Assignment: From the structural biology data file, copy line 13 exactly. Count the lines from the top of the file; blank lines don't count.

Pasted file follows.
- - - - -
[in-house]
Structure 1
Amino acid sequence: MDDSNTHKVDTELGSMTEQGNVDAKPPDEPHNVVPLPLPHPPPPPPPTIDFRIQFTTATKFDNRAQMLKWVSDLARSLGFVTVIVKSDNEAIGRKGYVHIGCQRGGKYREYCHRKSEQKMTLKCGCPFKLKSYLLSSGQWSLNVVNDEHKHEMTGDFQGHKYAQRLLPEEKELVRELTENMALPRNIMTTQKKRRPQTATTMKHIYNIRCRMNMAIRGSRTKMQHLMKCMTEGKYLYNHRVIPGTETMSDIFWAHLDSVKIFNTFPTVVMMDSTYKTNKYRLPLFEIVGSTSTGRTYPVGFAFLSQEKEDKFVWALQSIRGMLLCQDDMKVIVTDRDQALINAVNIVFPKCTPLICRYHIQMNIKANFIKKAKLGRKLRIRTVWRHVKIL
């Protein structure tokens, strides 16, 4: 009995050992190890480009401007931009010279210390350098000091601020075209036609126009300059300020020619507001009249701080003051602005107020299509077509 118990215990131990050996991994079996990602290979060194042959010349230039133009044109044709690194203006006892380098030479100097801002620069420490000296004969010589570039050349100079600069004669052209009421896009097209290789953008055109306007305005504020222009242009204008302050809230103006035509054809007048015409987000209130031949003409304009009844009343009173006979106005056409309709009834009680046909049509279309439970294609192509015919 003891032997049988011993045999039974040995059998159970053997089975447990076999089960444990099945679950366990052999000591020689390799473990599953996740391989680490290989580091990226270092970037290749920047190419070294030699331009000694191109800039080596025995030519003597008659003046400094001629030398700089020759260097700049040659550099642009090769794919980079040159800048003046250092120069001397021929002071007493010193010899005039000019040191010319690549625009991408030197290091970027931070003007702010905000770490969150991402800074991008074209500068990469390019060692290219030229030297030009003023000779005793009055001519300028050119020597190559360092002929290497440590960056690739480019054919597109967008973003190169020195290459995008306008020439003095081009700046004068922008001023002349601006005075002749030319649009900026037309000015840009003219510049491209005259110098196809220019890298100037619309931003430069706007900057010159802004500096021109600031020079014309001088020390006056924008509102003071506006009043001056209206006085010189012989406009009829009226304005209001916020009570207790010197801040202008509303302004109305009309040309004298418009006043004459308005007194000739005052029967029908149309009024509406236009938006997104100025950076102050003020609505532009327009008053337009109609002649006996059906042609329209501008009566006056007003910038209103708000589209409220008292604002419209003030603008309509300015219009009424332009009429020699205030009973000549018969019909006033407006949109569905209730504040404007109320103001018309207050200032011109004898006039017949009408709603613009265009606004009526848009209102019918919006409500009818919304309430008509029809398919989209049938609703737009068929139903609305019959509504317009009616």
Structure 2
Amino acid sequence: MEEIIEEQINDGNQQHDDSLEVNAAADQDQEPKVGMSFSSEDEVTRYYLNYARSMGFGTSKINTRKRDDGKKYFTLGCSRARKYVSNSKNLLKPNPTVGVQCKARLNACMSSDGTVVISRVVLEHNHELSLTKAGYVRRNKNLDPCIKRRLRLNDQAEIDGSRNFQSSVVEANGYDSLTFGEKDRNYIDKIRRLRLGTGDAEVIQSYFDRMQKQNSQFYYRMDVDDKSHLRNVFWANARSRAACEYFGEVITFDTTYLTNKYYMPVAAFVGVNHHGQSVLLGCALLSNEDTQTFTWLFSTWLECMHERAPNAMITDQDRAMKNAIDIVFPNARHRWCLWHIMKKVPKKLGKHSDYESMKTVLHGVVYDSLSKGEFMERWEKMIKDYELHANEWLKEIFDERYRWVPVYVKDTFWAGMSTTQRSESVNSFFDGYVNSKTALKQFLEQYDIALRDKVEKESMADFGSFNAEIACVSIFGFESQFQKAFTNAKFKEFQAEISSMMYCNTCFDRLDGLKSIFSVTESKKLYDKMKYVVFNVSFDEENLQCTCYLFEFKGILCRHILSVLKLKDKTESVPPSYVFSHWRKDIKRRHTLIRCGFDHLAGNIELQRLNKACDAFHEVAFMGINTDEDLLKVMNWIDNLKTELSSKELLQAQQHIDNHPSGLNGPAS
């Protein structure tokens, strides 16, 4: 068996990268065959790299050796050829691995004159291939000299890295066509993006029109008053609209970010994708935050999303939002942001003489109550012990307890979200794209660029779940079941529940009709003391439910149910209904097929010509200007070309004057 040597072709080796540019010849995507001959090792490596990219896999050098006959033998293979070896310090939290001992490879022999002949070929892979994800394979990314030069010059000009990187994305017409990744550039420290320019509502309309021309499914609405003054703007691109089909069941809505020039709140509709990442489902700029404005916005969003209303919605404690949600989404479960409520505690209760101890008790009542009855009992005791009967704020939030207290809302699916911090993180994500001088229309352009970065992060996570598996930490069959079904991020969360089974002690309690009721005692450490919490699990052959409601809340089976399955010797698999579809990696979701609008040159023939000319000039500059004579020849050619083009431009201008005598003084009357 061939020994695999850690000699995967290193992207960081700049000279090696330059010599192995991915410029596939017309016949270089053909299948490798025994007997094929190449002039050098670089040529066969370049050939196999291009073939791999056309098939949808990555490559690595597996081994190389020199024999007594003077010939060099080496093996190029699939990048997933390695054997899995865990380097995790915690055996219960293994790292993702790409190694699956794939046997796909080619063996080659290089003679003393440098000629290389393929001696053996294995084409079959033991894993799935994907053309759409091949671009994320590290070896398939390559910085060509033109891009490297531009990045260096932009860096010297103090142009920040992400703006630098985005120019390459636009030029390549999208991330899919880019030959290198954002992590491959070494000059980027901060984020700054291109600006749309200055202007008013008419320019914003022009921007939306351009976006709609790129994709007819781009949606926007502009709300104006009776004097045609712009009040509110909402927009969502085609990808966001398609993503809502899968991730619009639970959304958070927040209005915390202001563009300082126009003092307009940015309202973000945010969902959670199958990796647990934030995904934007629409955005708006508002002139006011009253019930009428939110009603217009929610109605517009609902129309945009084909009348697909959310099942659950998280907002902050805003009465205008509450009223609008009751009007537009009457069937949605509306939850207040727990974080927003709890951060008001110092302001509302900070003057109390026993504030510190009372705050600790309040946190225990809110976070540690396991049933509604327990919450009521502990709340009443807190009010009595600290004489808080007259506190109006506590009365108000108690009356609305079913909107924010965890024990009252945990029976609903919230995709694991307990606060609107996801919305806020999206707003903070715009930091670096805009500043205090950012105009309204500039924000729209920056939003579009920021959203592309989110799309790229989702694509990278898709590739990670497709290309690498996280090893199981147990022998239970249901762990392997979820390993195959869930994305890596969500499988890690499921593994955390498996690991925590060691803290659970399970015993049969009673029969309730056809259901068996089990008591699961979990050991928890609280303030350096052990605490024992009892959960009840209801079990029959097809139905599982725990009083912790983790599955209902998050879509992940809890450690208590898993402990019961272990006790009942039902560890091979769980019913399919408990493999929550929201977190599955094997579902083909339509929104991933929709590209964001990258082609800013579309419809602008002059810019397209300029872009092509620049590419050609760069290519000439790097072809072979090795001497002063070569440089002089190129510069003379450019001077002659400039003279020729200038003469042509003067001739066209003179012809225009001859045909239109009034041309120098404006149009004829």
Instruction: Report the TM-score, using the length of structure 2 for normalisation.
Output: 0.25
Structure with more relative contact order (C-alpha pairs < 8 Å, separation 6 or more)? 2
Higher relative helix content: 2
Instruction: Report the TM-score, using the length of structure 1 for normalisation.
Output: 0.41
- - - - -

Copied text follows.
Output: 0.41